June 06, 2006
This is my first time experiencing the erotic world of Matthew Herbert's music...and I have to admit something... like it. I like it a lot. What Herbert's done with his latest record, Scale, definitely has my curiosity piqued. His music is vaguely a lot of things; it's vaguely electronica, it's vaguely jazz, it's vaguely house, it's vaguely experimental, and it's vaguely funk. What it is most certainly, though, is a pop record. And though the press kit purports it to be built on the theme of "the end of the oil era and the violence done in pursuit of this finite fossil fuel," you would be forgiven for totally missing that point. But I guess the lyrics are vaguely political, even though it's really hard to notice. Main vocalist Dani Siciliano could sing American Psycho, and you'd come away from the experience simply thinking about how sexy she sounds. Placed against the dance grooves of "Birds of a Feather" and "Moving Like a Train," she's a sexy disco diva; placed against the lush "Those Feelings," she's a sultry chanteuse. Then there's "We're In Love," which starts off sounding like a song from a vintage Disney movie, but it then turns into a soft, gorgeous orchestral pop number that's not unlike Marvin Gaye's early 1970s output. Very few records this year have sounded this beautiful and this grooving.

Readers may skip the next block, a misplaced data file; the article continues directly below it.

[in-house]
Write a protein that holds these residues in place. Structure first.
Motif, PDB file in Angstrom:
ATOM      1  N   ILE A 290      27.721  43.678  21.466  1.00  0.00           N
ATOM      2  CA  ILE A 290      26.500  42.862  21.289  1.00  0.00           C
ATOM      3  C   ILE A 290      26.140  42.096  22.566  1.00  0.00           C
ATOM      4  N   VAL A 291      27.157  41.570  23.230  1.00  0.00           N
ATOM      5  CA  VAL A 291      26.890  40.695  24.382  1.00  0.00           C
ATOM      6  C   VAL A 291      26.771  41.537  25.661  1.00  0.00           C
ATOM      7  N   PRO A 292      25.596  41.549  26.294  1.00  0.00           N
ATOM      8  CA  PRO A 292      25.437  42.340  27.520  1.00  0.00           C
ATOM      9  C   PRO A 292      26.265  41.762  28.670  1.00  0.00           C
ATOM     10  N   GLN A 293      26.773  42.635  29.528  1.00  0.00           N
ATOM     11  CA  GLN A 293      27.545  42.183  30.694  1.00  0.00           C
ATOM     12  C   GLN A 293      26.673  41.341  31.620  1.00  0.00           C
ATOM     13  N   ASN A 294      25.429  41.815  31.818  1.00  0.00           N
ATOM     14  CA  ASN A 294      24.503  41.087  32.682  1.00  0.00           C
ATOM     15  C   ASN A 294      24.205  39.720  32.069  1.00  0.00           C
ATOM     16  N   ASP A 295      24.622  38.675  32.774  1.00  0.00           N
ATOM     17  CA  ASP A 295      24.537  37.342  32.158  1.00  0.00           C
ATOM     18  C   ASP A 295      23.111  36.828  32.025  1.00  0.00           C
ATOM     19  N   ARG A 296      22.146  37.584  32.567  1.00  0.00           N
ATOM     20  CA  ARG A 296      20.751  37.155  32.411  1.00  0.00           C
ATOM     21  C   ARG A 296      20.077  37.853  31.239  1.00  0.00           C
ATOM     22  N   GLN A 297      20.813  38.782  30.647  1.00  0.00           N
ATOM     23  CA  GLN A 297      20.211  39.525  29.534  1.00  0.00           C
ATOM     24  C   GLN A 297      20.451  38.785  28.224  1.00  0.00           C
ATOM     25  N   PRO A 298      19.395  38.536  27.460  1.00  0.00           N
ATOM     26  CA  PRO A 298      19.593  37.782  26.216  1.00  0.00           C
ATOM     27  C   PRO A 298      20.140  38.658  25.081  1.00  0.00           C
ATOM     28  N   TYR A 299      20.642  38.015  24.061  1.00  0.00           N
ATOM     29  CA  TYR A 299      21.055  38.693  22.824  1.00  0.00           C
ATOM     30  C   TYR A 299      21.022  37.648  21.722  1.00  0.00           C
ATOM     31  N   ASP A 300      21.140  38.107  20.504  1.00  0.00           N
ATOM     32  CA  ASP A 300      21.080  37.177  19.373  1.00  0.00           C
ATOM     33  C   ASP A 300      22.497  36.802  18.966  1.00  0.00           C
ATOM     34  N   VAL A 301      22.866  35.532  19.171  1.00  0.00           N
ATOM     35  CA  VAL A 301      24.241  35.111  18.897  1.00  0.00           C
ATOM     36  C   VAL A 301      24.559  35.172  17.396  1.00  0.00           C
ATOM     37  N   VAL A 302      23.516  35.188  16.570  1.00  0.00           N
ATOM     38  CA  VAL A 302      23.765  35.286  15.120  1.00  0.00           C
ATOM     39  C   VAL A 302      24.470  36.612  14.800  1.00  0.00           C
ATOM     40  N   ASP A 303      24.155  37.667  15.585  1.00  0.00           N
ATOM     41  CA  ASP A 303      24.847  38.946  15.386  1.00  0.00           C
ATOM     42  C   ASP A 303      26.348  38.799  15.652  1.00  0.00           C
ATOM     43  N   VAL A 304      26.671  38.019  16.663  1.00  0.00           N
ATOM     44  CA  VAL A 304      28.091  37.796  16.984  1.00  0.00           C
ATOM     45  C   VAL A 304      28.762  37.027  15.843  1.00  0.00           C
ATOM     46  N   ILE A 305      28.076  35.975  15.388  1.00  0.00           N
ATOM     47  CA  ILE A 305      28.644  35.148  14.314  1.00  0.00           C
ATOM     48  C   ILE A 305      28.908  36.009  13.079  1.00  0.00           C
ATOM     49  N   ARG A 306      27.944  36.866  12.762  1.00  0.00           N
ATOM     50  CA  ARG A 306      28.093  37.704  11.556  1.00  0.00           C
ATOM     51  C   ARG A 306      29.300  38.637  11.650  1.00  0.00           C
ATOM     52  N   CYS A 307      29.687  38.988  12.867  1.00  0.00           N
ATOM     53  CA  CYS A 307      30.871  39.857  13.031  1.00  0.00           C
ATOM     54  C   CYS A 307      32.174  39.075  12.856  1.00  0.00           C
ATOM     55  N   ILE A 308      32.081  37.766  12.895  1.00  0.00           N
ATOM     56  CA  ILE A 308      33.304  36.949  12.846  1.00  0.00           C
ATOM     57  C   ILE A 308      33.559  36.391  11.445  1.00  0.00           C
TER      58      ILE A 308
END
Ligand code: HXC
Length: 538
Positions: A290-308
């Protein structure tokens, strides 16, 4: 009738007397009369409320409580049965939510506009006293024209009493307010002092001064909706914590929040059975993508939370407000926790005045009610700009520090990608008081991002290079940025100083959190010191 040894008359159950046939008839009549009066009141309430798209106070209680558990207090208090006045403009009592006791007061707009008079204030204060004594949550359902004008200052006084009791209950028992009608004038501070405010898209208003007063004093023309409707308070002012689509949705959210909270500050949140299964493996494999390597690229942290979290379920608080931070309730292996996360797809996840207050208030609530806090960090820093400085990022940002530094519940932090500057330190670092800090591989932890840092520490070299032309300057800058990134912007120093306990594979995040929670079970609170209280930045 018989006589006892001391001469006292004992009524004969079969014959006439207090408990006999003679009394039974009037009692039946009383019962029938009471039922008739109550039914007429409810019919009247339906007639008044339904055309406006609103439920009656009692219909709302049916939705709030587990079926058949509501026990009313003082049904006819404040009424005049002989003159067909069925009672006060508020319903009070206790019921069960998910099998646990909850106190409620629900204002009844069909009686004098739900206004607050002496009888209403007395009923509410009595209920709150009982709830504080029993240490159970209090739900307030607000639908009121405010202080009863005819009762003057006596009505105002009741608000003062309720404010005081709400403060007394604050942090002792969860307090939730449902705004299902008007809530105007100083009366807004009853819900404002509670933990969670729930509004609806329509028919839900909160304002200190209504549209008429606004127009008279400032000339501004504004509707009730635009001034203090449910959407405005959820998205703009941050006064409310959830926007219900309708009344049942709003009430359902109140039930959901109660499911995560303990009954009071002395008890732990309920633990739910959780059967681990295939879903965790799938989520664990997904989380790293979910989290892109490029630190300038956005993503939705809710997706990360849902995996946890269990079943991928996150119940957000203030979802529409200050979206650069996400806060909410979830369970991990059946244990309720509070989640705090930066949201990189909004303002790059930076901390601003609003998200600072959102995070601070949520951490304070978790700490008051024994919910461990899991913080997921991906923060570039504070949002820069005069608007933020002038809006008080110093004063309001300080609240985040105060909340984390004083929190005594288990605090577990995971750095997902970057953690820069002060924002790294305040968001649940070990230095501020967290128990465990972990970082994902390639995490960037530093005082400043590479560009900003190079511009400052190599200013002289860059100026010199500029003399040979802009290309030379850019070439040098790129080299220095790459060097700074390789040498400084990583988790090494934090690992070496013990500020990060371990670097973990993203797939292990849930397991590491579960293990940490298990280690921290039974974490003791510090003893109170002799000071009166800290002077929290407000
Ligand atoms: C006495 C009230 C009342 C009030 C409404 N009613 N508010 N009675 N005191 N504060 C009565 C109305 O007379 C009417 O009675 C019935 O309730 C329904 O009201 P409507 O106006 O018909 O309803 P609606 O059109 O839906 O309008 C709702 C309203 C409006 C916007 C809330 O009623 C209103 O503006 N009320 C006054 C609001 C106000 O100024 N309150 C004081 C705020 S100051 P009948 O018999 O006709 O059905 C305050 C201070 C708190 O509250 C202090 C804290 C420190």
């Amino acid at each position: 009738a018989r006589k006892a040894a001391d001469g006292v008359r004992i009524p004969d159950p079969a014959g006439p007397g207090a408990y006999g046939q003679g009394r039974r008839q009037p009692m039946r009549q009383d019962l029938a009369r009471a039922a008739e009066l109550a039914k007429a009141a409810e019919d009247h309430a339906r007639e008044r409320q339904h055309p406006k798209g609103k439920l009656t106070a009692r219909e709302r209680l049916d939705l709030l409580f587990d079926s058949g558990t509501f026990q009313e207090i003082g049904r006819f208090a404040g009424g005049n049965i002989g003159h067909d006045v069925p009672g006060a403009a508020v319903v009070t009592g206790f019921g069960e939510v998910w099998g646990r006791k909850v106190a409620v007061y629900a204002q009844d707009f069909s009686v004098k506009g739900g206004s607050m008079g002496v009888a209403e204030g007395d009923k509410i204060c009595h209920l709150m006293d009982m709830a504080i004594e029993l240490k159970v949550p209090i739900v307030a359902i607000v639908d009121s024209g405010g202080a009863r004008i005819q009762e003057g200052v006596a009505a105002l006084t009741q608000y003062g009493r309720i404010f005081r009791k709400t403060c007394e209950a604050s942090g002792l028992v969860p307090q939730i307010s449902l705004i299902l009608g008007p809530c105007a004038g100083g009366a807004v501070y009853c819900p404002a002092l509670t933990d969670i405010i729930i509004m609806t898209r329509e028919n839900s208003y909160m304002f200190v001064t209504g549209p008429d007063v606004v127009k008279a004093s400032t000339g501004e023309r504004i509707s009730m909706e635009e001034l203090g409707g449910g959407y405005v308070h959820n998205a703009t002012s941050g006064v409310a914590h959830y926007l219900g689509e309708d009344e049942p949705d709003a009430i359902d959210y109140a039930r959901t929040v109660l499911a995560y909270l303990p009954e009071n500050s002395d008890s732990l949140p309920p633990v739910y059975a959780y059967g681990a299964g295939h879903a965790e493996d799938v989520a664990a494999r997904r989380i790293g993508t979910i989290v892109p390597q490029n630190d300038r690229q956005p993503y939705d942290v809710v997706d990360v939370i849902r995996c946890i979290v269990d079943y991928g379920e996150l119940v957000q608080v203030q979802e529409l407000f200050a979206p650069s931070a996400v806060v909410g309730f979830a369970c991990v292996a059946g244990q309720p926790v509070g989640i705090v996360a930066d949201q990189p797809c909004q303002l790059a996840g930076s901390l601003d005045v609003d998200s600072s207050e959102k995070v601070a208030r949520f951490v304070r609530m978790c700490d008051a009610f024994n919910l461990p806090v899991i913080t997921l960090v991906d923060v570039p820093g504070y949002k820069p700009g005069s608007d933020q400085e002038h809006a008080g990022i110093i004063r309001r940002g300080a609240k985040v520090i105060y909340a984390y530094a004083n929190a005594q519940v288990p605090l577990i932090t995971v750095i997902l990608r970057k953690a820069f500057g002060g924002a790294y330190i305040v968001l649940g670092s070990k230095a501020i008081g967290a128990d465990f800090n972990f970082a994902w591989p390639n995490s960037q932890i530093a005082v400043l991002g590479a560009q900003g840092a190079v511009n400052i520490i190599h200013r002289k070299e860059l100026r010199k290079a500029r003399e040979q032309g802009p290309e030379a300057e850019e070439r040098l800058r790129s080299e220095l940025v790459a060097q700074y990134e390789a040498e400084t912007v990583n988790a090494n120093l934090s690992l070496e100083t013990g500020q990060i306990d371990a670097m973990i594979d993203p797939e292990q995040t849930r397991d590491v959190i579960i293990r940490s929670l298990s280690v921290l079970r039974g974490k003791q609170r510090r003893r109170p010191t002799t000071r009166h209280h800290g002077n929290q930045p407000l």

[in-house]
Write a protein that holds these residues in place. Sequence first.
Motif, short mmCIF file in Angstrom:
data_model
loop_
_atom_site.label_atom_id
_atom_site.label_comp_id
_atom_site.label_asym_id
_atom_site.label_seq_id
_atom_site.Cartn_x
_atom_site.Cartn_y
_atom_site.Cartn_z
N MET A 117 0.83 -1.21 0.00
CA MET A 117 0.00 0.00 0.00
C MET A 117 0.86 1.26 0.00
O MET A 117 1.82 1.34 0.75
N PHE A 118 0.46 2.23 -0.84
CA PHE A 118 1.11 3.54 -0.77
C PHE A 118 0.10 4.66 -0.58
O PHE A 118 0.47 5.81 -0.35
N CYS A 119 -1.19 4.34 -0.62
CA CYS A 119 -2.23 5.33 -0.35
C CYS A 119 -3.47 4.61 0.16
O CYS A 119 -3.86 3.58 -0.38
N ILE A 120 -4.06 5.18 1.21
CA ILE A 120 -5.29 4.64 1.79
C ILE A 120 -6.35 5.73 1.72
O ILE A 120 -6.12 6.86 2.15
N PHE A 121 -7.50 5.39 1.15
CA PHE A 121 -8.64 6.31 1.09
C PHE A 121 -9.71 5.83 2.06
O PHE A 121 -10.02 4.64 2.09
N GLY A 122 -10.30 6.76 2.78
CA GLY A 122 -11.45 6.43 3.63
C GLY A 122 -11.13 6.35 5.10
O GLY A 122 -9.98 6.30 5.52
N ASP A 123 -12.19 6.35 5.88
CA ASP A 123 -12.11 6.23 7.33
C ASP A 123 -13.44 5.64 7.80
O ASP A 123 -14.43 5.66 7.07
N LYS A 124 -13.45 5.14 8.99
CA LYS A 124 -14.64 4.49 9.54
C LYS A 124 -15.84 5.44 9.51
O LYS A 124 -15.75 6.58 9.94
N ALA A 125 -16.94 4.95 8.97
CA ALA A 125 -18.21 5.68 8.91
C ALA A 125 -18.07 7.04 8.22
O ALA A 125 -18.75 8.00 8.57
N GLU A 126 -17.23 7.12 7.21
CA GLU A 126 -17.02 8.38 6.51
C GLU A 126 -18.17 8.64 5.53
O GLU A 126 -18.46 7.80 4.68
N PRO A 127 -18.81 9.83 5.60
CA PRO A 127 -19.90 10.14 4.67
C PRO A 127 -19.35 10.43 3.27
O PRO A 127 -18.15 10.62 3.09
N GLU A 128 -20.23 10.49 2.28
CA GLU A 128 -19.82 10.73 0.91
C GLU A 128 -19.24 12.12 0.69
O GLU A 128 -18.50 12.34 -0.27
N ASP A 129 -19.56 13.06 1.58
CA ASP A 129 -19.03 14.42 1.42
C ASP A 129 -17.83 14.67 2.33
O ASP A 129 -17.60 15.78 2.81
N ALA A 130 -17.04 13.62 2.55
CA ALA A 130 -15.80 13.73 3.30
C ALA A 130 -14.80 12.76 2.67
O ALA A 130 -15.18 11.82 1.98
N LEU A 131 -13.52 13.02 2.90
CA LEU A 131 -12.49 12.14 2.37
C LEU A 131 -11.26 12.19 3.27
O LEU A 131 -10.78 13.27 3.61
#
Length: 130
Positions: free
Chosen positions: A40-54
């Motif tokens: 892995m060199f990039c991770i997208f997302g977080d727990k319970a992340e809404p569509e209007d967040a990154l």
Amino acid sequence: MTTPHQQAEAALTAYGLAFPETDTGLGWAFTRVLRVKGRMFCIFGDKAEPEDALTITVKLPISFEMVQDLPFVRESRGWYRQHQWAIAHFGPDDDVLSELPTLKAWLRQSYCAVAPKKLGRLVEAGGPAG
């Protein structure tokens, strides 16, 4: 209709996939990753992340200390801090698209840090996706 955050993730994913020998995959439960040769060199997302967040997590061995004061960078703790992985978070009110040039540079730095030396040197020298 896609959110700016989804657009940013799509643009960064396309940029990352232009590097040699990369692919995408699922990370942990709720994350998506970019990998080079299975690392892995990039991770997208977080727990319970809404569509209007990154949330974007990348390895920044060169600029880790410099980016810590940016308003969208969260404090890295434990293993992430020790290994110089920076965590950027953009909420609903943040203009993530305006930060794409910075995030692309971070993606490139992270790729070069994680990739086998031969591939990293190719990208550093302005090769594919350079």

And, oh, those grooves! Herbert's grooves are exotic, because, well, the man has a brilliant ear for odd musical sources. For Scales, he utilized several hundred different objects--all of which are illustrated on the cover art--but, once again, these samples and sources are vaguely obvious. Helium balloons, coffins, clothespins, and a parrot? I couldn't tell you where these samples are used, but it doesn't really surprise me. But the one thing that's quite obvious is Herbert's use of an orchestra. Real, actual woodwinds, strings, and brass instruments grace nearly every track--and, apparently, this is not a new thing for Herbert, which, in my mind, is motivation enough to seek out his previous work.
Though it would be impossible for me to say where Scale compares in terms of his discography, for those who have yet to experience his work, there's no better place to start than here. A wonderful treat of a record, this.
Listen To: "Moving Like a Train"